Life and death as statistics
The secrets of life have not yet been deciphered. But in the 19th century, insurers and statisticians approached the topics of life and death in a mathematical way that still determines their thinking today. At that time, the age-specific mortalities of people living at the same time were determined and transferred to so-called ‘life tables’, which are used to calculate the premiums of an insurance contract. Incidentally, life insurance companies consider death to be inevitable and statistically randomly distributed. In their world, therefore, we all have the same chances of growing very old.
In contrast, the American president Franklin D. Roosevelt (1882-1945) had little to say about statistics: “I am somewhat skeptical about statistics, because according to statistics, a millionaire and a have-not have half a million each. The German philosopher Arthur Schopenhauer (1788-1860) aptly formulated the crux of every statistic: “While one has only numbers and signs in one’s head, one cannot trace the causal connection. In terms of the method of insurance, this means that your life tables conceal that there are indeed reasons why some people get older than others.
Research is looking for answers
In 1992, the European Prospective Investigation into Cancer and Nutrition (EPIC) study was launched to investigate the links between nutrition and other factors with cancer and other chronic diseases. The EPIC study in Heidelberg with 25,000 participants showed that individual lifestyle has a strong influence on life expectancy. Researchers of the German Cancer Research Center (DKFZ) have calculated that an unhealthy lifestyle shortens the remaining life expectancy of a 40-year-old man by 17 years and of a woman of the same age by almost 14 years.
Other researchers have been able to show that the consumption of healthy, nutrient-rich food (without taking medication) can not only significantly prolong life expectancy, but also increase the number of healthy years of life by 40%. It has often been heard: “From the moment we were born, we started dying.” It is high time to move away from this idea of natural aging. Those who think this way have already given up and accepted death as inevitable fate. It is much more accurate to say, “From the moment we are born, we begin to heal. ” Because our cells renew themselves every day. It cannot be ruled out that this is precisely where new technologies come in to make the supposedly impossible possible.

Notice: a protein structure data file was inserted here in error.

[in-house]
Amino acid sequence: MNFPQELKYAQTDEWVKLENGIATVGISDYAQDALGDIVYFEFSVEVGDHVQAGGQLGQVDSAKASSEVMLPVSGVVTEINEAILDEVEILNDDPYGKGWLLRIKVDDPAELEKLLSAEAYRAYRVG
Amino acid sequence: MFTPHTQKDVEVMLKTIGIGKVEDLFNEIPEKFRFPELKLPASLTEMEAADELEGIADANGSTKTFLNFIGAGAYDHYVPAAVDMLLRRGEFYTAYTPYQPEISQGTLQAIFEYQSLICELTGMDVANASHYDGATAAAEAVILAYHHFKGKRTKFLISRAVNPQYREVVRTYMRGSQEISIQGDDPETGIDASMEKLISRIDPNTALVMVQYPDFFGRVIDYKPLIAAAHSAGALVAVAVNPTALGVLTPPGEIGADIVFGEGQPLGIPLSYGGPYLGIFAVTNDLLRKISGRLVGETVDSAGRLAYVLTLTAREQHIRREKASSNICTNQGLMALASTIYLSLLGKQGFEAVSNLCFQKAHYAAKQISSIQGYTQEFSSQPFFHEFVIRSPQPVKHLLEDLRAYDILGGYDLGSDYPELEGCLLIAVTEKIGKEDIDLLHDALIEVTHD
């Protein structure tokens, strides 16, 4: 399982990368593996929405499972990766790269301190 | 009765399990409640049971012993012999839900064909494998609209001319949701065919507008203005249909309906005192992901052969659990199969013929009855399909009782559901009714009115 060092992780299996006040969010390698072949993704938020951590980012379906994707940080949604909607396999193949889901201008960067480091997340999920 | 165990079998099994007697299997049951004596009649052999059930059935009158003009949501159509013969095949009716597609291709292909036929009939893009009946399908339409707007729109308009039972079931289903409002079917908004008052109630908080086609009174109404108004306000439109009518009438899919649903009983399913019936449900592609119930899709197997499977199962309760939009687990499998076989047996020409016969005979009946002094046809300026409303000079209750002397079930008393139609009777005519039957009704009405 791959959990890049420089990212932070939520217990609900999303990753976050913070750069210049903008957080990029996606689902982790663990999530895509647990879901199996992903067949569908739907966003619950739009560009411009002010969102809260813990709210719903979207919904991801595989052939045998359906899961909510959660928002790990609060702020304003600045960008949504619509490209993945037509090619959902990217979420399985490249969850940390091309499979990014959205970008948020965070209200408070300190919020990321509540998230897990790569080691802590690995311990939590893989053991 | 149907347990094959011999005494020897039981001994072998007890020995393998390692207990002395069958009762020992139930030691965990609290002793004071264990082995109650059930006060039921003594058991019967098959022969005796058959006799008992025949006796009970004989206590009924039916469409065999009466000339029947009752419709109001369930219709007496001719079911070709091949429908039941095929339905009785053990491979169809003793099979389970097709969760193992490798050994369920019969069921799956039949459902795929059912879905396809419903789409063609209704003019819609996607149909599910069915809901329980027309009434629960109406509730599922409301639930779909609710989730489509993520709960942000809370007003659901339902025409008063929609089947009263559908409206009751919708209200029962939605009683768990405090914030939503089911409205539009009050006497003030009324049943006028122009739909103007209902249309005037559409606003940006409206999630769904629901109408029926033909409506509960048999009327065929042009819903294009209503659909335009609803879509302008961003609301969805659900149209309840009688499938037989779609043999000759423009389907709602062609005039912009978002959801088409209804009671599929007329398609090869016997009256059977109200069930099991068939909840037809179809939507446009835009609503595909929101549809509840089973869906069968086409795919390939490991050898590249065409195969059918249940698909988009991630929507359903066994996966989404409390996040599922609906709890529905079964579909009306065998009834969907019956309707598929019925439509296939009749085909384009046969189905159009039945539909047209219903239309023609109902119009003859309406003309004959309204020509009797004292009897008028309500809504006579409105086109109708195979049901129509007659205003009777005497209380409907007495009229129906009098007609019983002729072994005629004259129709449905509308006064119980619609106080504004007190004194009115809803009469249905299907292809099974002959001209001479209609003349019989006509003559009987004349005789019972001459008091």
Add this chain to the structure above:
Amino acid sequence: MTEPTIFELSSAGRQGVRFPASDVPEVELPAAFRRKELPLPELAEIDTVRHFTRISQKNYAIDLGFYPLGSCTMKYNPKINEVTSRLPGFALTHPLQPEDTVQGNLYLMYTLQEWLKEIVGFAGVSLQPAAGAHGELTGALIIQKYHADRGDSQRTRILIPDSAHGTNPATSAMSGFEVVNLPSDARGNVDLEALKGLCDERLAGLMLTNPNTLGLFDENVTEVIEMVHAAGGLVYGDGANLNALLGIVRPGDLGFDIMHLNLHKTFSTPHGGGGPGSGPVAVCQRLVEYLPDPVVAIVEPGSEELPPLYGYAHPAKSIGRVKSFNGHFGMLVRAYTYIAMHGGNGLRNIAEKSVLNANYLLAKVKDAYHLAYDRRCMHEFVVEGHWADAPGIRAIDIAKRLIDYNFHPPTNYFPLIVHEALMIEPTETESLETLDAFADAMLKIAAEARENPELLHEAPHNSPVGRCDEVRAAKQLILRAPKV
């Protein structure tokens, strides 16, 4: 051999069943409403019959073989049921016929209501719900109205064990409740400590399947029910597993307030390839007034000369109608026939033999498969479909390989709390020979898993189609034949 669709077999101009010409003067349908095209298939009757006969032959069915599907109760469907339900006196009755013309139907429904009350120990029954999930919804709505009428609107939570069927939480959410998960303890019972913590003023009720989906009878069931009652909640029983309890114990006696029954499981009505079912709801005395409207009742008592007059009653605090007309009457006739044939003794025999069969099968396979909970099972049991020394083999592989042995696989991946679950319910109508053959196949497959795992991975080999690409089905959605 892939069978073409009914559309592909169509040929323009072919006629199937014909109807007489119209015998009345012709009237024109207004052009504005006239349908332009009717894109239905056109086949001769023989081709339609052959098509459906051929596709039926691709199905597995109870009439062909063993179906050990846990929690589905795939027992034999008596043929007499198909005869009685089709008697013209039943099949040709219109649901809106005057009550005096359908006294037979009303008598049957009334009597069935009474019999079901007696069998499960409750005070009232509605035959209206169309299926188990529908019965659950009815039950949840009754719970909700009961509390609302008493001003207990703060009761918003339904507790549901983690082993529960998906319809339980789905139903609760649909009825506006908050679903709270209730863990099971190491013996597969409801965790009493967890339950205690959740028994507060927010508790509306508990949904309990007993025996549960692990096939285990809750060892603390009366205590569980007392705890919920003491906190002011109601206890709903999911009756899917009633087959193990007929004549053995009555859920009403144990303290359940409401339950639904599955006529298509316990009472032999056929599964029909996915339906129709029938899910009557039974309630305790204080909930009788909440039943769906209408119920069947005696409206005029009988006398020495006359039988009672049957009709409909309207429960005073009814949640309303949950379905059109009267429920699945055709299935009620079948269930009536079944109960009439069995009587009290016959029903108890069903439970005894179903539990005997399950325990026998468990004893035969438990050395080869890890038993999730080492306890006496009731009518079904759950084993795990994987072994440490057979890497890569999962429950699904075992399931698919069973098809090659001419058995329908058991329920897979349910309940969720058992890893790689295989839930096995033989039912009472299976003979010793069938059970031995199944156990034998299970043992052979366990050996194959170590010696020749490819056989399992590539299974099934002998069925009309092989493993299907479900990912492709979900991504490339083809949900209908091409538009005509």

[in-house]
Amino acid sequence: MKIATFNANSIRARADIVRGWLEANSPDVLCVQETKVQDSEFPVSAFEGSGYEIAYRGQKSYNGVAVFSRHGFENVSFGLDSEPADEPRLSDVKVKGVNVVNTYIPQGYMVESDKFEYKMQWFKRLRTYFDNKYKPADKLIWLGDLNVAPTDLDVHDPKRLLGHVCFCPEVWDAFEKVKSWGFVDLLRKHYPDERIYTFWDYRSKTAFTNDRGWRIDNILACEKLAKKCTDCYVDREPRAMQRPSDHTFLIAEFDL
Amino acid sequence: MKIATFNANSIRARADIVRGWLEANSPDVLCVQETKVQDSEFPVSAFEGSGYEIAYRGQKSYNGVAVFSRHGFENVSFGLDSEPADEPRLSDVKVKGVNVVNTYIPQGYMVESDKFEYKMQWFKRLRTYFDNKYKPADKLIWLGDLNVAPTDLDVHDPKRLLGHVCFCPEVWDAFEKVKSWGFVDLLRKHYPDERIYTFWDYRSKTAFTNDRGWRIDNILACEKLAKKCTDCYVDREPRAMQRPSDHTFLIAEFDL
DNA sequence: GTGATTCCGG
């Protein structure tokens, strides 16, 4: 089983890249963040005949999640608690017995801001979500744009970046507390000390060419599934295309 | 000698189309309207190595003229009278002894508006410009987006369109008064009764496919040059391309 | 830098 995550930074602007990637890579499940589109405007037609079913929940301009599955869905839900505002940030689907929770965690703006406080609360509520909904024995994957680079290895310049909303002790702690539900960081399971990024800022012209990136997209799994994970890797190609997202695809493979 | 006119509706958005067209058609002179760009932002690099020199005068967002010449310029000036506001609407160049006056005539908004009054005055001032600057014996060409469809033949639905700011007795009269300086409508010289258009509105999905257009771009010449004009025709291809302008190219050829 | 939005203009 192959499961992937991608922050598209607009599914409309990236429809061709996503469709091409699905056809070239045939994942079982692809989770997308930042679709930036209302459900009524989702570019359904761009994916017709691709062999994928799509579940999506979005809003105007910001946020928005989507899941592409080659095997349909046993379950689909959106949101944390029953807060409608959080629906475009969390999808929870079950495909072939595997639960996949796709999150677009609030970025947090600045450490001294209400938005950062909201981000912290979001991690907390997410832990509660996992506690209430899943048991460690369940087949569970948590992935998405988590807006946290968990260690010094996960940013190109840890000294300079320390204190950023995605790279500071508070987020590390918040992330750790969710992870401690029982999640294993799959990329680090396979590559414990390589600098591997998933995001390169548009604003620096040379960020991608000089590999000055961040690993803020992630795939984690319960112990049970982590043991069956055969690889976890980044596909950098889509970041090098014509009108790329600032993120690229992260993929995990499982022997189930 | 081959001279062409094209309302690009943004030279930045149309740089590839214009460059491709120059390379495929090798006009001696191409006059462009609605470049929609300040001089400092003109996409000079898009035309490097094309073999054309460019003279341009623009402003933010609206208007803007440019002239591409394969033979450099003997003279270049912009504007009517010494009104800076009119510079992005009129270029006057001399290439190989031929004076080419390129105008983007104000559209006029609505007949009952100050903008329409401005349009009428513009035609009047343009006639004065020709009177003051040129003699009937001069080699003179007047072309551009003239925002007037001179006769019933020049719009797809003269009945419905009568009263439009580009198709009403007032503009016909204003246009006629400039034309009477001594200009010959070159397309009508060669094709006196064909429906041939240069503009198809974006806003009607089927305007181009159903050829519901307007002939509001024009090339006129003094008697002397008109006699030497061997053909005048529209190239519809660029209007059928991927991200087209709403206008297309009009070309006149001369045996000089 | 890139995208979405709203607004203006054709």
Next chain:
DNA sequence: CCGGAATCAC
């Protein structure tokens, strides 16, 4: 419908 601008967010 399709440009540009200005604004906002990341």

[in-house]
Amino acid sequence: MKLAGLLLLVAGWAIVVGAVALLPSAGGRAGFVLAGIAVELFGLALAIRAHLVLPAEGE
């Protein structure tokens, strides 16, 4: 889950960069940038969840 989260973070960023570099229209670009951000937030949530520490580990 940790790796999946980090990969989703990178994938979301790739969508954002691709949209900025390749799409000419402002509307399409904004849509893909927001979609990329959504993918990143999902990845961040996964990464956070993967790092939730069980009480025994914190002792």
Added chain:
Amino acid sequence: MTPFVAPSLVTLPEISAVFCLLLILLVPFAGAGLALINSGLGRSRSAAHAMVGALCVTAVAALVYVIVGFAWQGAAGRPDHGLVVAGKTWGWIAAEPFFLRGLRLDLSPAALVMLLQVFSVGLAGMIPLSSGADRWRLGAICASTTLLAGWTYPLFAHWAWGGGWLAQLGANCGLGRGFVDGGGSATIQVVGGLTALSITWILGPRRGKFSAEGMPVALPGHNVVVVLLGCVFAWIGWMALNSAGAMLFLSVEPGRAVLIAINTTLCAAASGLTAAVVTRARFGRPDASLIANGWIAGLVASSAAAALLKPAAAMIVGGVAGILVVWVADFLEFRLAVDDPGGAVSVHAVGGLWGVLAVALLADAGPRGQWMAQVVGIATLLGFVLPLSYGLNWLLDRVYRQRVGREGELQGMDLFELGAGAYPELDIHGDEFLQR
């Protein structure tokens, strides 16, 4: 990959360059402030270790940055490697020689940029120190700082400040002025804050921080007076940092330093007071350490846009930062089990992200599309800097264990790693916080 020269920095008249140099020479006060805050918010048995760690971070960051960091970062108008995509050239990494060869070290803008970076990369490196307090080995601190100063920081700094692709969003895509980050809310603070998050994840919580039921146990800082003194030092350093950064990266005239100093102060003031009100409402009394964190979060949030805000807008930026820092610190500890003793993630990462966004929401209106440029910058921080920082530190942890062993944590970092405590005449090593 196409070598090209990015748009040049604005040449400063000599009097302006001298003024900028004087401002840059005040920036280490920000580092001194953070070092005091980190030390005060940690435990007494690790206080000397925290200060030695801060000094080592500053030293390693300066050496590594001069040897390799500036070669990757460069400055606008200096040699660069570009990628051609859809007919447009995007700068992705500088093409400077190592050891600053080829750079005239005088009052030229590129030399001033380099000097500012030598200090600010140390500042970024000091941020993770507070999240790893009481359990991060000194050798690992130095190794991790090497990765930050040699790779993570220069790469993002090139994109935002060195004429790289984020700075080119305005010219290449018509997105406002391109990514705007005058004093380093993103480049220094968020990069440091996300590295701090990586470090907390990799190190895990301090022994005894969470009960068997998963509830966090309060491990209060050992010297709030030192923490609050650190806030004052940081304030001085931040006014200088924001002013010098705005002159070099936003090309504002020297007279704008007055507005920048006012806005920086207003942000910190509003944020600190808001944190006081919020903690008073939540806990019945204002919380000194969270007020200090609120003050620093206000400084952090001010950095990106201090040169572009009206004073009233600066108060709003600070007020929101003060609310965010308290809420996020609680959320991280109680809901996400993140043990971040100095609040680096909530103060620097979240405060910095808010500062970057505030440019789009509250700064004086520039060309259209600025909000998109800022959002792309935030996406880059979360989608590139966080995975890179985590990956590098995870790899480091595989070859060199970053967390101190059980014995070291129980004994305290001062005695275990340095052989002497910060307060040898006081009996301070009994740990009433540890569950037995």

When it comes to progress in the field of anti-aging, two branches of research have been particularly active in recent years: In regenerative medicine, stem cell research is providing groundbreaking insights, as is the “Life Extension” branch of research in the biotech industry. The biotech industry is already aiming to achieve biological rejuvenation by eight years in selected test persons.
The best research approaches are based on a simple insight: the body itself is its best therapist. Especially in the first decades of life, the human organism is a true master of self-healing and knows exactly how many cells are needed, how and where. Researchers now need to activate this self-regeneration of the body.
In developing suitable approaches, scientists consider vital substances that work from within to be particularly promising. The body channels them to exactly where they are needed. They intercept harmful oxidants (so-called free radicals), counteract ageing and inflammatory processes and promote cell renewal. “True beauty comes from within.” There seems to be a lot more to this hackneyed saying than many have suspected so far.
Our food vision: Eat your wrinkles away!
Our vision of longer life through better nutrition is by no means mere fantasy. After all, people are already living significantly longer than their grandparents ever dreamed of. Our food vision is obvious: It is about a future in which people will continue to age, but have freed themselves from their parents’ diseases. It is about fulfilling the enticing promise of the Fountain of Youth: to delay aging, or at least to stop the onset and progression of age-related diseases. In fact, research in this area is very active. And who knows – perhaps the successful solution is already in the anti-aging pipeline.
work in progress…